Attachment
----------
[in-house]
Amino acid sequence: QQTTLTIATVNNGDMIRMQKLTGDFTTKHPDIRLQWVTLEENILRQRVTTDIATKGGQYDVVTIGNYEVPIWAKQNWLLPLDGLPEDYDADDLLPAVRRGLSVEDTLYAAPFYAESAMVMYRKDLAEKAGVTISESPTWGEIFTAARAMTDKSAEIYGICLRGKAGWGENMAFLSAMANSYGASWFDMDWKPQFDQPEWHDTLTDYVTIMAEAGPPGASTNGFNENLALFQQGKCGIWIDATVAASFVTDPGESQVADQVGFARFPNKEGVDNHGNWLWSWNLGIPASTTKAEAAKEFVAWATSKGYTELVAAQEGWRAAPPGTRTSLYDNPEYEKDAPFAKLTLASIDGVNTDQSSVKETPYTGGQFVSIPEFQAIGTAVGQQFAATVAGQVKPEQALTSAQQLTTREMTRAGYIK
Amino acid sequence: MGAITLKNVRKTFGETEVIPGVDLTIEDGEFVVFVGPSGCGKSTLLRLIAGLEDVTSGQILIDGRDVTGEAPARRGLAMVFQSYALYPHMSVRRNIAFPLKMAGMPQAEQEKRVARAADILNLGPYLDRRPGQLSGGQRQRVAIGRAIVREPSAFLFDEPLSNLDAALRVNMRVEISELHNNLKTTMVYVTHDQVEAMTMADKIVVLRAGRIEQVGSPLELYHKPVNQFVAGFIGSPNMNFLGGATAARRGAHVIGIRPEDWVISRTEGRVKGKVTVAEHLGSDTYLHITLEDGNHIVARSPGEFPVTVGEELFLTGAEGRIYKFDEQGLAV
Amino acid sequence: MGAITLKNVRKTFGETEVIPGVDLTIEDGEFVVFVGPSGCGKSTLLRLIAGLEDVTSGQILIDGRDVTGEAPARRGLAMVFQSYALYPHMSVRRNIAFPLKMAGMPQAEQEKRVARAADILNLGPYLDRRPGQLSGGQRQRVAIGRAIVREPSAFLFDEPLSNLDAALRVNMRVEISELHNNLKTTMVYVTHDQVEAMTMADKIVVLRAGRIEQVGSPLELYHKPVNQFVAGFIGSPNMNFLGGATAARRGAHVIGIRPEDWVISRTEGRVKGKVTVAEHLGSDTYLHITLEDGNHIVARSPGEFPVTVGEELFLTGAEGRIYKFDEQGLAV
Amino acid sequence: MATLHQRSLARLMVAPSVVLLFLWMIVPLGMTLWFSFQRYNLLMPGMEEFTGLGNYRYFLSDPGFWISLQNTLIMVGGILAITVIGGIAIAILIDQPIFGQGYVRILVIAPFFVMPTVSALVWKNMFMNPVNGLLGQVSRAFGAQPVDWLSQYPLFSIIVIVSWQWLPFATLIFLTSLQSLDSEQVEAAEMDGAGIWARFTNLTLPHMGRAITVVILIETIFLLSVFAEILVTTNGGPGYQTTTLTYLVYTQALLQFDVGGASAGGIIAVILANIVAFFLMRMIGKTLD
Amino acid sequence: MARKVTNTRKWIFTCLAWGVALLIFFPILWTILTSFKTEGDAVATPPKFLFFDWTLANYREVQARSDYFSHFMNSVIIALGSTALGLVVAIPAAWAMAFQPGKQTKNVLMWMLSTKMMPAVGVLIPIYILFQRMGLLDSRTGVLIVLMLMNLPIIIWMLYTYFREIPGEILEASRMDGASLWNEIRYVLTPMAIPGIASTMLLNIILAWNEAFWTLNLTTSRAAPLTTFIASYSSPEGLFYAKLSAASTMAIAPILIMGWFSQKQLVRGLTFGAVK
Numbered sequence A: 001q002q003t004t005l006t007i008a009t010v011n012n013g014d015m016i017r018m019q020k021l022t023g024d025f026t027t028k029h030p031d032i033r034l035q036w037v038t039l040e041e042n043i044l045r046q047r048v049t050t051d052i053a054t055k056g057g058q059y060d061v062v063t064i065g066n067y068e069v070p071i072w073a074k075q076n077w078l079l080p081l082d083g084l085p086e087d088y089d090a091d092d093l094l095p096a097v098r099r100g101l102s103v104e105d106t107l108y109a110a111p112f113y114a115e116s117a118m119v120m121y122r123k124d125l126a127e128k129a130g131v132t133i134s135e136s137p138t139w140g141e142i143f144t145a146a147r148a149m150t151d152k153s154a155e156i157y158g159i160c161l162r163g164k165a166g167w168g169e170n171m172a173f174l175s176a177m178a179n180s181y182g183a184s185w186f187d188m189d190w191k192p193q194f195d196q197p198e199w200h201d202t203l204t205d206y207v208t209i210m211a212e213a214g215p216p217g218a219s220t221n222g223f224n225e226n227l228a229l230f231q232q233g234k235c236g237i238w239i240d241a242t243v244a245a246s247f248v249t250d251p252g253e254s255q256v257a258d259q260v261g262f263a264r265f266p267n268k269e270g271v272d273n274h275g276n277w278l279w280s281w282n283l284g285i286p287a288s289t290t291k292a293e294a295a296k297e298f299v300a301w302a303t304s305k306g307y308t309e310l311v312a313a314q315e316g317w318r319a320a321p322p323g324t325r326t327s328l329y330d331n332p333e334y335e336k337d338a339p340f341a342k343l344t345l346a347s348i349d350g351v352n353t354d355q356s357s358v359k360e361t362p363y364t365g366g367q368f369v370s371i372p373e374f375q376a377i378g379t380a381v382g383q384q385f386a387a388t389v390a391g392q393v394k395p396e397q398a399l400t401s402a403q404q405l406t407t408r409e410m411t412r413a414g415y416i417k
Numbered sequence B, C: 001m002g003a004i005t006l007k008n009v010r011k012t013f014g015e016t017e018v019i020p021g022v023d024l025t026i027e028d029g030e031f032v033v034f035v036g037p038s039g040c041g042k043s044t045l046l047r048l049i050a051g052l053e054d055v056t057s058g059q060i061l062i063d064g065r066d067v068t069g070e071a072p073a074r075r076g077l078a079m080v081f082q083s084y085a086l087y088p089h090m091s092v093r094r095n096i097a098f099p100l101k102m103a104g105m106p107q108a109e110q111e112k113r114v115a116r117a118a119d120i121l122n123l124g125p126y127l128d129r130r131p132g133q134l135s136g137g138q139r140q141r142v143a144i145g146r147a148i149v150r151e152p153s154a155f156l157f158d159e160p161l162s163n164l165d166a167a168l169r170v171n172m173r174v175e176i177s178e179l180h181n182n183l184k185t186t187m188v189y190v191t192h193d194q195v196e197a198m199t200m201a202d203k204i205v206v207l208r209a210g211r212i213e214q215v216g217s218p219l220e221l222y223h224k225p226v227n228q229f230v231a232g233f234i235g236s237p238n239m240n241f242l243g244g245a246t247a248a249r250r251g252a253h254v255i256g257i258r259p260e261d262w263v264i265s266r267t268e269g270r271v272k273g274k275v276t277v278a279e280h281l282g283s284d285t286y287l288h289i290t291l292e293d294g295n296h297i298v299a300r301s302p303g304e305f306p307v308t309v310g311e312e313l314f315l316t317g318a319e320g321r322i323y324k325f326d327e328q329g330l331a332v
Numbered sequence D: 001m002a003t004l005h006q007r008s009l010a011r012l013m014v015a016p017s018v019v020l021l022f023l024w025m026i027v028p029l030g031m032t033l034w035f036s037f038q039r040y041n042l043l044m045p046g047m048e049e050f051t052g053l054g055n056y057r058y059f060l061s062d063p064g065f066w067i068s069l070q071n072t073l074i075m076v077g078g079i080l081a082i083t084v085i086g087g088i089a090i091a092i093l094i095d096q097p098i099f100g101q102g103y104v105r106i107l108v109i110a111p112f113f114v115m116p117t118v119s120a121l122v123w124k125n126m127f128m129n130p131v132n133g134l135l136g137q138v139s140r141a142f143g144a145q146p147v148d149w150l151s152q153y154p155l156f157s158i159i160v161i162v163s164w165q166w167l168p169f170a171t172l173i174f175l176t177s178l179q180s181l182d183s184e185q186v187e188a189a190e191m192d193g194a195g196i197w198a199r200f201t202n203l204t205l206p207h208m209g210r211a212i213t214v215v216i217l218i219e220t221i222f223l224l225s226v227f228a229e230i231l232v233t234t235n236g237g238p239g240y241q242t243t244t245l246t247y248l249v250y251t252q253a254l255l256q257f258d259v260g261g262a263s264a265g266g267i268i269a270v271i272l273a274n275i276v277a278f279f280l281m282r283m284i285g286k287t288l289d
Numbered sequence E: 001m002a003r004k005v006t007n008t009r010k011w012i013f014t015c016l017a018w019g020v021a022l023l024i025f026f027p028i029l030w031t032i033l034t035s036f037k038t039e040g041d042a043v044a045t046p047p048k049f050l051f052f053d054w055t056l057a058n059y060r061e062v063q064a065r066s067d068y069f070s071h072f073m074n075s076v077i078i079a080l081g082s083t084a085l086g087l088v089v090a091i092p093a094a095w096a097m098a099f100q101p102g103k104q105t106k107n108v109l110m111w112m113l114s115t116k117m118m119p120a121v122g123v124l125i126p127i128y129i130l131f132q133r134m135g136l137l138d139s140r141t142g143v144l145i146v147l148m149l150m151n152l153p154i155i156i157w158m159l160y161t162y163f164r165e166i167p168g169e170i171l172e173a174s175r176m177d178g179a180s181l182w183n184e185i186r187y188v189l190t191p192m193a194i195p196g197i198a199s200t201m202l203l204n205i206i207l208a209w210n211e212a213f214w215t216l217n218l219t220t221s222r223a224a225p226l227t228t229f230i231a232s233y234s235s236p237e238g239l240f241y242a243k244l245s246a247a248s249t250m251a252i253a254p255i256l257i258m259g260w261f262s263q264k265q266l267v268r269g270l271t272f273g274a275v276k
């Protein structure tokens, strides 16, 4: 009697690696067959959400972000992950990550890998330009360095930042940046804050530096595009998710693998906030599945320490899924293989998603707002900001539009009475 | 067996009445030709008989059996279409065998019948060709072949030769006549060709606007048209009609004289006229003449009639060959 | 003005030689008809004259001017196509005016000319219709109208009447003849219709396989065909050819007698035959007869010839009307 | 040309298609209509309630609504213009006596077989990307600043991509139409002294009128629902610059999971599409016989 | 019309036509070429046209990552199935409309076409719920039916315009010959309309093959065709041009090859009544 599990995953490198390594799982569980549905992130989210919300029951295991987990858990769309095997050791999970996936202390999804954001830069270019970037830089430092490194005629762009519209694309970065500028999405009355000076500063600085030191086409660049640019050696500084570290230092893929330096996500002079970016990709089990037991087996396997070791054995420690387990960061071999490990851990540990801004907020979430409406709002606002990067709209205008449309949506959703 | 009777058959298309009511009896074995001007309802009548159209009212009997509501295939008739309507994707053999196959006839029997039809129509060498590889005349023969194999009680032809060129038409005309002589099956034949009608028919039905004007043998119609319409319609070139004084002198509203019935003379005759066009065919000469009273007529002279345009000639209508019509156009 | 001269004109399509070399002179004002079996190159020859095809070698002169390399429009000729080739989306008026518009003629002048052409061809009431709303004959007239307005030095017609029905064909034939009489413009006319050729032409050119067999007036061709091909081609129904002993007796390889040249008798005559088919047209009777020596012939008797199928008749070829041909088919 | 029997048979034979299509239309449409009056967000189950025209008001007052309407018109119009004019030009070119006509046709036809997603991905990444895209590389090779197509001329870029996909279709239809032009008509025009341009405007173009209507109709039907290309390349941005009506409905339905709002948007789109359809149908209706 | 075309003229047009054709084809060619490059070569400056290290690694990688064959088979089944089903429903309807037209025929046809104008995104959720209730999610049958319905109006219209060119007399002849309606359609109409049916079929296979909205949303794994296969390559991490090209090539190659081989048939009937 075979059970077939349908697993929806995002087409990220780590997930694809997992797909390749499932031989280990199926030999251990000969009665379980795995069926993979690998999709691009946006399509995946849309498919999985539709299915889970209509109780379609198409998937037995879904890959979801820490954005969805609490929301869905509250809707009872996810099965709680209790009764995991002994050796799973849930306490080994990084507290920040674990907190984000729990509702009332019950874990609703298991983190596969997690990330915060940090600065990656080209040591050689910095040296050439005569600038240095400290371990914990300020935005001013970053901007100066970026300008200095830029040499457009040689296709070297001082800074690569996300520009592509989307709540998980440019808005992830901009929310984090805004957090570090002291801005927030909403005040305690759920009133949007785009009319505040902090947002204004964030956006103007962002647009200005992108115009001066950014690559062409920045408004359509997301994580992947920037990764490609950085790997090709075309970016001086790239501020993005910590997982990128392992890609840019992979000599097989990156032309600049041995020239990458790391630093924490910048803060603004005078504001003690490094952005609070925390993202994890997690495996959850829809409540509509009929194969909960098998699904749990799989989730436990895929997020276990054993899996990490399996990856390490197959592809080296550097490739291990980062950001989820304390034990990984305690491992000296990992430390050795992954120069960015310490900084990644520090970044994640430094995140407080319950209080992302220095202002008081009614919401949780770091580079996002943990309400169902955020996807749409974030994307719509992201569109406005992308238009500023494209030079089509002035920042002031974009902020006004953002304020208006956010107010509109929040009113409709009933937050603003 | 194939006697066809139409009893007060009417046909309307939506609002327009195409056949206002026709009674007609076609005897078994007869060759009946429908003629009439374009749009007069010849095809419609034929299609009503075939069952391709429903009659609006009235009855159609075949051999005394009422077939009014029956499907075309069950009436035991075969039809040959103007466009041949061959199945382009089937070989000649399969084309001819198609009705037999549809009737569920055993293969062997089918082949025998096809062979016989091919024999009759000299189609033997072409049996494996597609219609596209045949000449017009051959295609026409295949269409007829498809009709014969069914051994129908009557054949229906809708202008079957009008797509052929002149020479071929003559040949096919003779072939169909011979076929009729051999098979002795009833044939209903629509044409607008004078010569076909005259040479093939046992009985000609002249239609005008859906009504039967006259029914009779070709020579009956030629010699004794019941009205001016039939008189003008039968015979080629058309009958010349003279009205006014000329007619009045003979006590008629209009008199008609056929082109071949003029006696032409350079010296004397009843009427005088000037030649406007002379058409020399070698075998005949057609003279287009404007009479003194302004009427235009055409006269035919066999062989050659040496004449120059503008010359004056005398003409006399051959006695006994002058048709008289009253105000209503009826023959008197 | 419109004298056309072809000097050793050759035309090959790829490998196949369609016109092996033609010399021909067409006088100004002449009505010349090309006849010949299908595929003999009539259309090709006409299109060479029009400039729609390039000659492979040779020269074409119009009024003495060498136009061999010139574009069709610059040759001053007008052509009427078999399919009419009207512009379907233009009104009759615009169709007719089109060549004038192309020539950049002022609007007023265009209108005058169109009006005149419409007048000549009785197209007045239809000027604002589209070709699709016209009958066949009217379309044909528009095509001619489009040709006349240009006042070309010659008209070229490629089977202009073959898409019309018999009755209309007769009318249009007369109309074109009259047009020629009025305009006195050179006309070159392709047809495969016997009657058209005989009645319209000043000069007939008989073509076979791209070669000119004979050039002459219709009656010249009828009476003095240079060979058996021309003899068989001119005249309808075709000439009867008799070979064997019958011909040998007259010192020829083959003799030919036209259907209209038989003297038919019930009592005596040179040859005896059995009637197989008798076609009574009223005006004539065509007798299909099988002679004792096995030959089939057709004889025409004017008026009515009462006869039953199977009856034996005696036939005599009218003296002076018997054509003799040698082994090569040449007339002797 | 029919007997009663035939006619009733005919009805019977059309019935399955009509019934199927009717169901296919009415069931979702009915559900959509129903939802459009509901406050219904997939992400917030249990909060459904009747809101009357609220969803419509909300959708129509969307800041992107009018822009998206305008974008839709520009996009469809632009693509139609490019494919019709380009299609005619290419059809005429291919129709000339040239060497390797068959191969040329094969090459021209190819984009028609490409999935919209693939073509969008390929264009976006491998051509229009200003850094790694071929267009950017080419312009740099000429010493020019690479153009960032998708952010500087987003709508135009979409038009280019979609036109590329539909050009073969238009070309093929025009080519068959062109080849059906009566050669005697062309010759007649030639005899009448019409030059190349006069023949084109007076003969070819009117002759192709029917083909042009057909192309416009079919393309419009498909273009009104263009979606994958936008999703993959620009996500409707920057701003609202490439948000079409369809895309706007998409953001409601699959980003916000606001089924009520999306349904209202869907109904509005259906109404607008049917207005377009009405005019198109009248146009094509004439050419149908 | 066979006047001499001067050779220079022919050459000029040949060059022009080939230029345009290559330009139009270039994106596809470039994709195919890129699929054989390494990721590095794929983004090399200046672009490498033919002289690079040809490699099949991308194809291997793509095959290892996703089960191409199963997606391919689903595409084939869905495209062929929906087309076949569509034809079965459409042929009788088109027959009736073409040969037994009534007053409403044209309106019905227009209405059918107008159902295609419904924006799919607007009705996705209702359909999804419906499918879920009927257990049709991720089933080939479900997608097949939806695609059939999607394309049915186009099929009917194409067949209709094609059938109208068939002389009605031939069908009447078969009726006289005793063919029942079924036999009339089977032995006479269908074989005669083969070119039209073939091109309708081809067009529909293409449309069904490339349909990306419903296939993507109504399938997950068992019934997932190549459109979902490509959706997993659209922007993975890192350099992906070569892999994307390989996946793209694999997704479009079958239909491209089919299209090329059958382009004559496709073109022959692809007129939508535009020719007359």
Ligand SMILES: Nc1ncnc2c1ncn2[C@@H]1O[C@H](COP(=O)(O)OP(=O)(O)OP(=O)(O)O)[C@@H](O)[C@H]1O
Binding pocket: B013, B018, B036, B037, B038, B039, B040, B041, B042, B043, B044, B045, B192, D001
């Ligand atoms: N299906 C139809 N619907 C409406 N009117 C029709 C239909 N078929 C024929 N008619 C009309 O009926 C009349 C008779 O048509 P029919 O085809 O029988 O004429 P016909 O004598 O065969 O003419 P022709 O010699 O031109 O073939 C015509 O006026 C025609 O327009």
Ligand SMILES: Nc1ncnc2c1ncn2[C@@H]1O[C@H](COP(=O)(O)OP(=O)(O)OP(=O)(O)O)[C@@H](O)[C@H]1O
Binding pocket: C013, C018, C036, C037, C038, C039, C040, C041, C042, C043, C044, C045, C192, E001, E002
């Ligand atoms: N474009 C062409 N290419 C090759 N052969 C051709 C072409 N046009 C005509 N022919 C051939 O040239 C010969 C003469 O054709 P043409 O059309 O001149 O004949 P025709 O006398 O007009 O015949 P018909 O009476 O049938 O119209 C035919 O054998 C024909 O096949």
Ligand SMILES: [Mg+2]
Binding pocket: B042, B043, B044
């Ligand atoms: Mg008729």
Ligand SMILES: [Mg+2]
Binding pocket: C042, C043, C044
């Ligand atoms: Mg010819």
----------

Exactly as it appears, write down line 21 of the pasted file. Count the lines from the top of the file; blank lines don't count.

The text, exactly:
Ligand SMILES: [Mg+2]